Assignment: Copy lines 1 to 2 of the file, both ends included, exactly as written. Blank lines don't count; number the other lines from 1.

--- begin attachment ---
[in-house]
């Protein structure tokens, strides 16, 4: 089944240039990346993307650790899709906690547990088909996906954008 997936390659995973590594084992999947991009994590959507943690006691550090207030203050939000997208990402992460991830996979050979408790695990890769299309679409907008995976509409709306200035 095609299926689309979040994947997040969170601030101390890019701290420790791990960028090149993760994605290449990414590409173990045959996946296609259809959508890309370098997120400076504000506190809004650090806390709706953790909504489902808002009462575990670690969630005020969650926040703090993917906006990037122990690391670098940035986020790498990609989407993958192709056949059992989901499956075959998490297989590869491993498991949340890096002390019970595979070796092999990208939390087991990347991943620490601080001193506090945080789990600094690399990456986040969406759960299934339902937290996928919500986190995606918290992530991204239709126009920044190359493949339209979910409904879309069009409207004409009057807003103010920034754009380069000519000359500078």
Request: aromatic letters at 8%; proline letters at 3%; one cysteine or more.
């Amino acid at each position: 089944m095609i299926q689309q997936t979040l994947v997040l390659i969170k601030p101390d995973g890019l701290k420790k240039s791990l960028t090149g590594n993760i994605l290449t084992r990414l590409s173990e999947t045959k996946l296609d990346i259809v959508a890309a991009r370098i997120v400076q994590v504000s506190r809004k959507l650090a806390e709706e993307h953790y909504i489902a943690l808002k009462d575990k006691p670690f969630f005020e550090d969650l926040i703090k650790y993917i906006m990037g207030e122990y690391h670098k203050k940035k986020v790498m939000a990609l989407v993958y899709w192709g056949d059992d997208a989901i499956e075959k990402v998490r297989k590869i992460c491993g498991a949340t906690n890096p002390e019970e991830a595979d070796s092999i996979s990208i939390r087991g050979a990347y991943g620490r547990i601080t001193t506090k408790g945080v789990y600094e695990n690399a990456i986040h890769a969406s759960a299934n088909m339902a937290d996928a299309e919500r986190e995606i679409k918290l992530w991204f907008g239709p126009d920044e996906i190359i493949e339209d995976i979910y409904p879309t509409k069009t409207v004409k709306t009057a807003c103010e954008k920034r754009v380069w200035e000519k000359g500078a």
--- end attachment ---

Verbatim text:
[in-house]
């Protein structure tokens, strides 16, 4: 089944240039990346993307650790899709906690547990088909996906954008 997936390659995973590594084992999947991009994590959507943690006691550090207030203050939000997208990402992460991830996979050979408790695990890769299309679409907008995976509409709306200035 095609299926689309979040994947997040969170601030101390890019701290420790791990960028090149993760994605290449990414590409173990045959996946296609259809959508890309370098997120400076504000506190809004650090806390709706953790909504489902808002009462575990670690969630005020969650926040703090993917906006990037122990690391670098940035986020790498990609989407993958192709056949059992989901499956075959998490297989590869491993498991949340890096002390019970595979070796092999990208939390087991990347991943620490601080001193506090945080789990600094690399990456986040969406759960299934339902937290996928919500986190995606918290992530991204239709126009920044190359493949339209979910409904879309069009409207004409009057807003103010920034754009380069000519000359500078």